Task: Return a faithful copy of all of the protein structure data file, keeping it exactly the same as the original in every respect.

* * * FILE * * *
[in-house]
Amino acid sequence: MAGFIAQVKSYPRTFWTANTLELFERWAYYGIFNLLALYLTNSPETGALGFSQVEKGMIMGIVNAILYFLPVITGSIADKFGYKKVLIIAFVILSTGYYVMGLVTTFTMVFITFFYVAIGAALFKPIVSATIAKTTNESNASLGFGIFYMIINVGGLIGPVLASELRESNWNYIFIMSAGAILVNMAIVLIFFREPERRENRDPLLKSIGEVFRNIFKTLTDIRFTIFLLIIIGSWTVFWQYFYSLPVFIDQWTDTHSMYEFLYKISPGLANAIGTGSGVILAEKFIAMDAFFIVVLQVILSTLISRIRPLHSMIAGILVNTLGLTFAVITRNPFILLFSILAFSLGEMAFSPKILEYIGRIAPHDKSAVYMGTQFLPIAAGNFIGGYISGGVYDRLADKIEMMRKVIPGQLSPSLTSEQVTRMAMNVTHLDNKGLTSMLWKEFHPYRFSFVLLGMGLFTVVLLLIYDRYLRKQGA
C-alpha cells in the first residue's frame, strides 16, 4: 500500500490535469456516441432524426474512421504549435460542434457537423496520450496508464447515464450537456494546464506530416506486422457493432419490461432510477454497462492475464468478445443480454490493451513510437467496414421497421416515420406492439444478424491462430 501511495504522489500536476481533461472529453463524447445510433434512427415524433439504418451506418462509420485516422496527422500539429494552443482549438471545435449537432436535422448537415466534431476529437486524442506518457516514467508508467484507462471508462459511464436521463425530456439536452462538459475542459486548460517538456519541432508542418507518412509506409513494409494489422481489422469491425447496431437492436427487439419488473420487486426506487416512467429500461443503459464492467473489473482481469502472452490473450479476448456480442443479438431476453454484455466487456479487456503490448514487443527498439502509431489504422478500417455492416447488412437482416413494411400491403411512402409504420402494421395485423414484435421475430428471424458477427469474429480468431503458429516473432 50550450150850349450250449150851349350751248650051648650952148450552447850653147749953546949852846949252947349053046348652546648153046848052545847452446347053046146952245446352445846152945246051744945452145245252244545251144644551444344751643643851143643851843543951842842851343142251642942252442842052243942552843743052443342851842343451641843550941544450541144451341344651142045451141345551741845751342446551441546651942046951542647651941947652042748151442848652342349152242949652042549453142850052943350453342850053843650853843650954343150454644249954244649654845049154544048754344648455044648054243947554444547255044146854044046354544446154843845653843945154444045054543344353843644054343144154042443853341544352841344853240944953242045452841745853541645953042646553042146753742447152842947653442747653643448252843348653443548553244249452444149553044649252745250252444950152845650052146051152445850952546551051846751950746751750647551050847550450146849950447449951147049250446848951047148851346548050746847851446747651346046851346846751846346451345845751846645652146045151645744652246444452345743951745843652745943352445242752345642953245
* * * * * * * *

[in-house]
Amino acid sequence: MAGFIAQVKSYPRTFWTANTLELFERWAYYGIFNLLALYLTNSPETGALGFSQVEKGMIMGIVNAILYFLPVITGSIADKFGYKKVLIIAFVILSTGYYVMGLVTTFTMVFITFFYVAIGAALFKPIVSATIAKTTNESNASLGFGIFYMIINVGGLIGPVLASELRESNWNYIFIMSAGAILVNMAIVLIFFREPERRENRDPLLKSIGEVFRNIFKTLTDIRFTIFLLIIIGSWTVFWQYFYSLPVFIDQWTDTHSMYEFLYKISPGLANAIGTGSGVILAEKFIAMDAFFIVVLQVILSTLISRIRPLHSMIAGILVNTLGLTFAVITRNPFILLFSILAFSLGEMAFSPKILEYIGRIAPHDKSAVYMGTQFLPIAAGNFIGGYISGGVYDRLADKIEMMRKVIPGQLSPSLTSEQVTRMAMNVTHLDNKGLTSMLWKEFHPYRFSFVLLGMGLFTVVLLLIYDRYLRKQGA
C-alpha cells in the first residue's frame, strides 16, 4: 500500500490535469456516441432524426474512421504549435460542434457537423496520450496508464447515464450537456494546464506530416506486422457493432419490461432510477454497462492475464468478445443480454490493451513510437467496414421497421416515420406492439444478424491462430 501511495504522489500536476481533461472529453463524447445510433434512427415524433439504418451506418462509420485516422496527422500539429494552443482549438471545435449537432436535422448537415466534431476529437486524442506518457516514467508508467484507462471508462459511464436521463425530456439536452462538459475542459486548460517538456519541432508542418507518412509506409513494409494489422481489422469491425447496431437492436427487439419488473420487486426506487416512467429500461443503459464492467473489473482481469502472452490473450479476448456480442443479438431476453454484455466487456479487456503490448514487443527498439502509431489504422478500417455492416447488412437482416413494411400491403411512402409504420402494421395485423414484435421475430428471424458477427469474429480468431503458429516473432 50550450150850349450250449150851349350751248650051648650952148450552447850653147749953546949852846949252947349053046348652546648153046848052545847452446347053046146952245446352445846152945246051744945452145245252244545251144644551444344751643643851143643851843543951842842851343142251642942252442842052243942552843743052443342851842343451641843550941544450541144451341344651142045451141345551741845751342446551441546651942046951542647651941947652042748151442848652342349152242949652042549453142850052943350453342850053843650853843650954343150454644249954244649654845049154544048754344648455044648054243947554444547255044146854044046354544446154843845653843945154444045054543344353843644054343144154042443853341544352841344853240944953242045452841745853541645953042646553042146753742447152842947653442747653643448252843348653443548553244249452444149553044649252745250252444950152845650052146051152445850952546551051846751950746751750647551050847550450146849950447449951147049250446848951047148851346548050746847851446747651346046851346846751846346451345845751846645652146045151645744652246444452345743951745843652745943352445242752345642953245